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REVIEW: ‘Godzilla: King of the Monsters’

Godzilla is a franchise that lives and dies by its kaiju, rock ‘em sock ‘em action; however, general audiences, more specifically, American audiences tend to want something with a compelling emotional human element riding alongside said action. The problem with modern monster movies (Godzilla, Pacific Rim, Kong: Skull Island) is that the aforementioned human element tends to be extremely one-dimensional. This was certainly the case with Gareth Edwards’ Godzilla (2014), which featured Aaron Taylor-Johnson and Elisabeth Olsen giving what might be the blandest performances of their careers in a movie that wasn’t sure which to be more concerned with – Godzilla or the humans. Yet, the film had its moments and its fans, as it went on to make nearly $530 million worldwide.

With that success, Warner Bros./Legendary doubled down on the monster action with Kong: Skull Island, which featured another helping bland human characters played by great actors – but at least there was more over-the-top action to distract. Again, on the back of its cast and visual flair, the film was a financial success. So, why change what works? It’s in the studio’s interest to keep the characters bland and the action crazy. In those categories, I can assure you that Godzilla: King of the Monsters delivers more than any other monster movie.

To writer/director Mike Dougherty’s (Trick R’ Treat, Krampus) credit, he knows a large number of people come to a movie like Godzilla: King of the Monsters to see big ol’ monsters level each other and multiple cities in the process.  If you’re one of those people, believe me when I say that you’re going to get some of the most over-the-top, ridiculous kaiju battles ever projected to a screen. Dougherty and company fill this movie with CGI monsters clashing all over the world, and, thankfully, the battles vary enough that they’re not overly repetitive. That’s not to say that you won’t be numb by the end of this movie. Between the sheer amount of action and exposition, viewers will likely be leaving the theater in a state that can only be described as “punch drunk.”

Speaking of exposition, that brings us to the writing and the characters in this movie – both of which are as thought out and subtle as a brick to the head. I can only imagine that this movie was cast on the back of Kong: Skull Island‘s amazing cast (Brie Larson, Samuel L. Jackson, John C. Reilly, Tom Hiddleston). Actors saw that peers of that calibre were signing up and decided to move forward without knowing anything about what they’d be doing – at least I hope that’s how it went. The human characters in this movie are basically the equivalent of professional wrestling ring announcers – they’re there strictly to explain what the hell is going on and why we should care while glistening titans clash nearby. This can work in some cases when it’s very well written. The issue here is that they have ridiculous pseudo-science jargon and overly dramatic drivel to deliver – both of which are about as thin as the paper the script is written on. I’d like to say this giant talent-filled cast helps you swallow some of the atrocious dialogue. Sadly, in a cast that consists of Kyle Chandler, Vera Farmiga, Millie Bobby Brown, Ken Watanabe, Sally Hawkins, Bradley Whitford, O’Shea Jackson Jr., Thomas Middleditch, Ziyi Zang, and somehow more – not one can elevate the material to acceptable levels.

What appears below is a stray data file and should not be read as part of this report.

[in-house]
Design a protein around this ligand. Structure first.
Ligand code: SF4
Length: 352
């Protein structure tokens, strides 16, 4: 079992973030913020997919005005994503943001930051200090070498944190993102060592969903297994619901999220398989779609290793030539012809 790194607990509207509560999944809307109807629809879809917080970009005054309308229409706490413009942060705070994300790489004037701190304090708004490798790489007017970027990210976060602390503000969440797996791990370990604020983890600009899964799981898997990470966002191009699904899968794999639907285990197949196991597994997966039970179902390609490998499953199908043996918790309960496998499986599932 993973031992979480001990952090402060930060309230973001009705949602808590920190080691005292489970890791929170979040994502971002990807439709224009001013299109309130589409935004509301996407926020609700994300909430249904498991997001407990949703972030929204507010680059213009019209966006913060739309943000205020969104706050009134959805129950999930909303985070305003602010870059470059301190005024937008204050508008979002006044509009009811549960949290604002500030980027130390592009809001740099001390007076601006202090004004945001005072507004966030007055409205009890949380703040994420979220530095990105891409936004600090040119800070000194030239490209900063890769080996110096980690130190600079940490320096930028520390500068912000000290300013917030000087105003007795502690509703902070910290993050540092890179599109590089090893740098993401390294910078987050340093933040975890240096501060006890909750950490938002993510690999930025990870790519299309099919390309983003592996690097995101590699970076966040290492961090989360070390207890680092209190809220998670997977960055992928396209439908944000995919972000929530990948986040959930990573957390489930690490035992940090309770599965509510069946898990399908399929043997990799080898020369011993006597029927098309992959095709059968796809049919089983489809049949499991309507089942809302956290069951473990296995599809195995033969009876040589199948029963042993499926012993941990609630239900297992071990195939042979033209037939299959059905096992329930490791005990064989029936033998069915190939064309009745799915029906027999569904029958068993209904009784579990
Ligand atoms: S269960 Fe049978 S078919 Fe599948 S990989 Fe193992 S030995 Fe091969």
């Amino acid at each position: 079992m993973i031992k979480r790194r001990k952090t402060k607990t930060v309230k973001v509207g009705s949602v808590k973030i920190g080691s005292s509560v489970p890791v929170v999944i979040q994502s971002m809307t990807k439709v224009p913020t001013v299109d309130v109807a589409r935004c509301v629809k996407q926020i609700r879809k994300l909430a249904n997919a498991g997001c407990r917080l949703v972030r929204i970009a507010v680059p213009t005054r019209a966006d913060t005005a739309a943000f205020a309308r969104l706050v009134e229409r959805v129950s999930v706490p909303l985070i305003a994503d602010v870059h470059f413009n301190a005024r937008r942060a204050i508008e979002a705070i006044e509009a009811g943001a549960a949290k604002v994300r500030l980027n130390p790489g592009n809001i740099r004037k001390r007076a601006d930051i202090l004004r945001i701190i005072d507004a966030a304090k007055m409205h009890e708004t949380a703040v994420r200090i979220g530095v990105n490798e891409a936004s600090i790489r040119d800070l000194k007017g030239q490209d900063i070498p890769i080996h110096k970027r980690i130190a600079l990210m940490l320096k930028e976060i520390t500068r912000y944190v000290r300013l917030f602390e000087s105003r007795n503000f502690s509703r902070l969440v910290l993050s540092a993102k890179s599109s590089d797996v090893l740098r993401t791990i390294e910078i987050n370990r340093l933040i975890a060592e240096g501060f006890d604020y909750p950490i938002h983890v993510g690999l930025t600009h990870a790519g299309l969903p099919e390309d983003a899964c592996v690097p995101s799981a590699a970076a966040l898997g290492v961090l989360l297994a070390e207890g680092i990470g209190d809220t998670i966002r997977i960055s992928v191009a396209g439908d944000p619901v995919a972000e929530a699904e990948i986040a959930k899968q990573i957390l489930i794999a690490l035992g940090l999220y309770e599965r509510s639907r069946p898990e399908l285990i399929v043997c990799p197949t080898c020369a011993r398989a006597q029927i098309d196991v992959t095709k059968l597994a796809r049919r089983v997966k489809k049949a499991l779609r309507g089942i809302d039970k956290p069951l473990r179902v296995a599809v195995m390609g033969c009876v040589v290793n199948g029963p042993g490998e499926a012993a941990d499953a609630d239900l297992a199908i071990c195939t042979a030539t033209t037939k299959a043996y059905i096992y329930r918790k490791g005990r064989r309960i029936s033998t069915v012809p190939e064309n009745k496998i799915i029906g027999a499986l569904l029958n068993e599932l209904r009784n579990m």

With that said, we’re here to see big monsters beat the ever-loving nuclear snot out of each other. Cinematographer, Lawrence Sher (The Hangover Trilogy, War Dogs, Paul) and the visual FX crew make damn sure we get our money’s worth with varied and colorful battles on-screen. All of which are hightened by Bear McCreary’s hit and miss (but always loud) score.

Ultimately, if you were a fan of Gozilla (2014) and Kong: Skull Island, you’re likely to LOVE Godzilla: King of the Monsters, as it takes everything we’ve seen before and cranks it to eleven. It’s ridiculous in every sense of the word – sometimes in very good ways, sometimes in very bad ways. This can all make for the perfect popcorn movie if you go in with the right expectations. It’s certainly my favorite of the recent “Monsterverse” outings. Granted, that bar is extremely low.


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